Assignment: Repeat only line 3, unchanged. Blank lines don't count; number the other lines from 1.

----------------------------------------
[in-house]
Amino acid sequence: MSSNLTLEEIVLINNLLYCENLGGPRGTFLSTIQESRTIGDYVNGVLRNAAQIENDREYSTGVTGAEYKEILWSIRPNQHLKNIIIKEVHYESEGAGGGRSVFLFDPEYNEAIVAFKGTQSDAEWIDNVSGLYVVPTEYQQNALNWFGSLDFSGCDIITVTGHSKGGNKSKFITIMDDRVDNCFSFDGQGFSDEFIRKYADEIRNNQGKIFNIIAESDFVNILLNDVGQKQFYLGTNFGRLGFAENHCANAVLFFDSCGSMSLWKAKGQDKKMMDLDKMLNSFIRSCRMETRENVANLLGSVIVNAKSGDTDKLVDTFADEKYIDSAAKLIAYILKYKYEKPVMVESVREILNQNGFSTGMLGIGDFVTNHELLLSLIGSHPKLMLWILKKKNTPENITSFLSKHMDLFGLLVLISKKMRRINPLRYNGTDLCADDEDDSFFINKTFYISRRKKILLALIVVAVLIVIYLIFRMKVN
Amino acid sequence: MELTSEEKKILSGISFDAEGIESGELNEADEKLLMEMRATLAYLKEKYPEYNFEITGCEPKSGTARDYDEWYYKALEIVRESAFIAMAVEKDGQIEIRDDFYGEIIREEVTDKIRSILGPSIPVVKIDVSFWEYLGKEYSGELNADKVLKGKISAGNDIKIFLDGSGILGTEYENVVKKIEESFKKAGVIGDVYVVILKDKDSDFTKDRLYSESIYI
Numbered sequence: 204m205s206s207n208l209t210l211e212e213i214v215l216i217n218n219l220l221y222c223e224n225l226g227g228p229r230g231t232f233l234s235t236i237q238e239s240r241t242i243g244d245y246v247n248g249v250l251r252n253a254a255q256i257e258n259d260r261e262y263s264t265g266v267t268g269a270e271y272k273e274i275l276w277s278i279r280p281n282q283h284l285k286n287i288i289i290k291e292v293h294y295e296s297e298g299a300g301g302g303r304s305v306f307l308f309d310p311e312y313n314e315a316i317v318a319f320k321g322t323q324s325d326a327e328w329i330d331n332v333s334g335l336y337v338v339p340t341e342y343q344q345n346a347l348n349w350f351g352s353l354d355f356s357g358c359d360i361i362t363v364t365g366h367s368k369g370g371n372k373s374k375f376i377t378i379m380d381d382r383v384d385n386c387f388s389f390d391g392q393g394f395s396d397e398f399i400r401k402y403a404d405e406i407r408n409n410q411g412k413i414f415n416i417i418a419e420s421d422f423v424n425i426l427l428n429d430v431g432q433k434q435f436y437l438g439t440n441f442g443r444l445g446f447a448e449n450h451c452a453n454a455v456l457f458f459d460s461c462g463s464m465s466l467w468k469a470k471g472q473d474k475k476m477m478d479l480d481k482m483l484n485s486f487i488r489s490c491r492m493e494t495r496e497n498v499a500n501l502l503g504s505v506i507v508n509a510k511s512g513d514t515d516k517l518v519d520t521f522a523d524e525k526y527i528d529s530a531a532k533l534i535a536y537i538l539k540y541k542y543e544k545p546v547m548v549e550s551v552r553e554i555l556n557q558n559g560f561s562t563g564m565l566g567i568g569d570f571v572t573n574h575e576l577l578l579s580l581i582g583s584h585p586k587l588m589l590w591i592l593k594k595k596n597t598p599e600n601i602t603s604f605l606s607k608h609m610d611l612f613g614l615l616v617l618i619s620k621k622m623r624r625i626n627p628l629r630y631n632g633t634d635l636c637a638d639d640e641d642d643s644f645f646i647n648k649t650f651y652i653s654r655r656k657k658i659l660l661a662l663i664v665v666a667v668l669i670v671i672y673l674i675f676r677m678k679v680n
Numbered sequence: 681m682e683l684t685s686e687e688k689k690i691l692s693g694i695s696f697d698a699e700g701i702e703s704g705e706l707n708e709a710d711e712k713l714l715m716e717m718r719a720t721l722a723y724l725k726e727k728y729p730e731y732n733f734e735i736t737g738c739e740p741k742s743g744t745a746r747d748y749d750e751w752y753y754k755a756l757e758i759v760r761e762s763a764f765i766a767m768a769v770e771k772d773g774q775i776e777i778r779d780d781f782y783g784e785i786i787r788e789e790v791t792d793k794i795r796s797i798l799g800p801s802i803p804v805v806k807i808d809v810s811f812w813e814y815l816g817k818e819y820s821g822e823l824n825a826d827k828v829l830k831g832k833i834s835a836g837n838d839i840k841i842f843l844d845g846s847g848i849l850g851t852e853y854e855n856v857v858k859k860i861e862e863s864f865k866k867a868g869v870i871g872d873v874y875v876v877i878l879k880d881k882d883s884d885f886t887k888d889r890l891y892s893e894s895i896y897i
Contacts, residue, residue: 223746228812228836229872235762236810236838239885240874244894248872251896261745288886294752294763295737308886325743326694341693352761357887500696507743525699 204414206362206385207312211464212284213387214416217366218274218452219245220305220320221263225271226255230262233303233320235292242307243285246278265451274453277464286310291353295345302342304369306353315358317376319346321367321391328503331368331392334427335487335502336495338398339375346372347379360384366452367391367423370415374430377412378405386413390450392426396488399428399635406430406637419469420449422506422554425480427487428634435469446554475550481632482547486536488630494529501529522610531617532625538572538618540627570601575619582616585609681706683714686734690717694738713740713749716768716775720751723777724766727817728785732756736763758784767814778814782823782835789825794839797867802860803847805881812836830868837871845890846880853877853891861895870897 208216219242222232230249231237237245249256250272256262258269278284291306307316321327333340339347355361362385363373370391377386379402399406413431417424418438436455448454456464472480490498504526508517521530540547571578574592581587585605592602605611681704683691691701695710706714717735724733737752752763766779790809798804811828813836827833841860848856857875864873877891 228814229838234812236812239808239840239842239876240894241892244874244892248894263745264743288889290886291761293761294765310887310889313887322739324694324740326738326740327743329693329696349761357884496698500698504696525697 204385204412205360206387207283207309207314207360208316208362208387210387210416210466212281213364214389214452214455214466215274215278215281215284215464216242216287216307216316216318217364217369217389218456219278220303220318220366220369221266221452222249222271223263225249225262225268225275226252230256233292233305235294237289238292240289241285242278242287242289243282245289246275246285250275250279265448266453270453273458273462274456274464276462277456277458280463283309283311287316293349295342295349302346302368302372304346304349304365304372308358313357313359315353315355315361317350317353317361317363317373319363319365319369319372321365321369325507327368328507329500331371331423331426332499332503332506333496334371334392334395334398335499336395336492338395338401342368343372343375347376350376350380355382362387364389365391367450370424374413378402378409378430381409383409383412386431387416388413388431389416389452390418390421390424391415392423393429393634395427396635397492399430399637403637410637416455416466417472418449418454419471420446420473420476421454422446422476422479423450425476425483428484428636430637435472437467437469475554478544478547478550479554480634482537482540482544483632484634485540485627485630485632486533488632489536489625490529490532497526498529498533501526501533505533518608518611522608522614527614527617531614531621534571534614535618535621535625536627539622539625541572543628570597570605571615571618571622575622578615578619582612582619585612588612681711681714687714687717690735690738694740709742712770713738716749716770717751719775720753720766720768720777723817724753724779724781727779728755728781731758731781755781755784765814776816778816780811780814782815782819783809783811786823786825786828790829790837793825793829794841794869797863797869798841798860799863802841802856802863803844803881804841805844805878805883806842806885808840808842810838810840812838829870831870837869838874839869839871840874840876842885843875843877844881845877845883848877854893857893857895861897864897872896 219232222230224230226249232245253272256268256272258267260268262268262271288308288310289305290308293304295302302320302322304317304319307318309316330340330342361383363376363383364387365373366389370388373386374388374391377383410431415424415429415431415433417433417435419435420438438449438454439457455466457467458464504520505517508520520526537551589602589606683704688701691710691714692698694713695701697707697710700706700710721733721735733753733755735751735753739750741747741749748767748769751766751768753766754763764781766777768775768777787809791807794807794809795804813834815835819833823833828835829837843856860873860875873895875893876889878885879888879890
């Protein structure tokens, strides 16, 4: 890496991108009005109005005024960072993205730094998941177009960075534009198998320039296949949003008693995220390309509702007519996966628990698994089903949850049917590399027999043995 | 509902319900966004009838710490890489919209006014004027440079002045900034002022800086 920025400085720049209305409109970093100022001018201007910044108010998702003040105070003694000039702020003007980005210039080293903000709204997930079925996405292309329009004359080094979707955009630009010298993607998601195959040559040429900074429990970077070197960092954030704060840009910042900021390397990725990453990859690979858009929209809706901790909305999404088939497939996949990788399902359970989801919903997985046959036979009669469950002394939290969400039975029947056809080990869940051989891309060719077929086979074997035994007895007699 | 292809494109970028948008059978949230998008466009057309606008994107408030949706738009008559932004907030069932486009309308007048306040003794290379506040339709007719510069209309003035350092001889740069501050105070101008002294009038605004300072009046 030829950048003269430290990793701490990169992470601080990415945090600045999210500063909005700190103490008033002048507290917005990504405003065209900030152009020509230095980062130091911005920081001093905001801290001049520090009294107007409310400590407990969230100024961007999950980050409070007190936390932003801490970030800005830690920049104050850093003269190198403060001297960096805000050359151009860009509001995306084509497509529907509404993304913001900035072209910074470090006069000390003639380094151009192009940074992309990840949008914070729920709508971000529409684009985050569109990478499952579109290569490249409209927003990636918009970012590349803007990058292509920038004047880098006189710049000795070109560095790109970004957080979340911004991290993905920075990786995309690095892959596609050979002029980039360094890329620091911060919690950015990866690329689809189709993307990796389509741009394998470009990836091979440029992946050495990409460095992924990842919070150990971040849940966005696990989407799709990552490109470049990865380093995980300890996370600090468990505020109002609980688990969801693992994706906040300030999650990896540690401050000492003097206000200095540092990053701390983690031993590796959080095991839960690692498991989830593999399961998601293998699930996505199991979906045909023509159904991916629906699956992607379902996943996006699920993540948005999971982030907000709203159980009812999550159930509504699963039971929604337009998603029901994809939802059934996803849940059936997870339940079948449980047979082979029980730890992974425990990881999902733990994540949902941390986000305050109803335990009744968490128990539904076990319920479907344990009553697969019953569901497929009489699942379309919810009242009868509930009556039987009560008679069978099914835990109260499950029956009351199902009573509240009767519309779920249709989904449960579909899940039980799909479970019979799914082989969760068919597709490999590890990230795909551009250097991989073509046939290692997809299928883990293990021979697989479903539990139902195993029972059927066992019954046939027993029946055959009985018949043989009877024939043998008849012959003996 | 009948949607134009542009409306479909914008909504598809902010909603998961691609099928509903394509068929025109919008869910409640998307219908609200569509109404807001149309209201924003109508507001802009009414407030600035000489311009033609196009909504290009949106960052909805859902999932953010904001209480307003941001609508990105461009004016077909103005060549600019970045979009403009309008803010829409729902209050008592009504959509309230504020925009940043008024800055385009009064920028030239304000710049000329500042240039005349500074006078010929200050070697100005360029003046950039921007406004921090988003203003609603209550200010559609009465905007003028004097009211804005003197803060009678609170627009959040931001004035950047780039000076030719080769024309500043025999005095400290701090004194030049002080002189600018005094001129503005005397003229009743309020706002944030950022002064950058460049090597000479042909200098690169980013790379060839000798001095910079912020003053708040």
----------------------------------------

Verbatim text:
Amino acid sequence: MELTSEEKKILSGISFDAEGIESGELNEADEKLLMEMRATLAYLKEKYPEYNFEITGCEPKSGTARDYDEWYYKALEIVRESAFIAMAVEKDGQIEIRDDFYGEIIREEVTDKIRSILGPSIPVVKIDVSFWEYLGKEYSGELNADKVLKGKISAGNDIKIFLDGSGILGTEYENVVKKIEESFKKAGVIGDVYVVILKDKDSDFTKDRLYSESIYI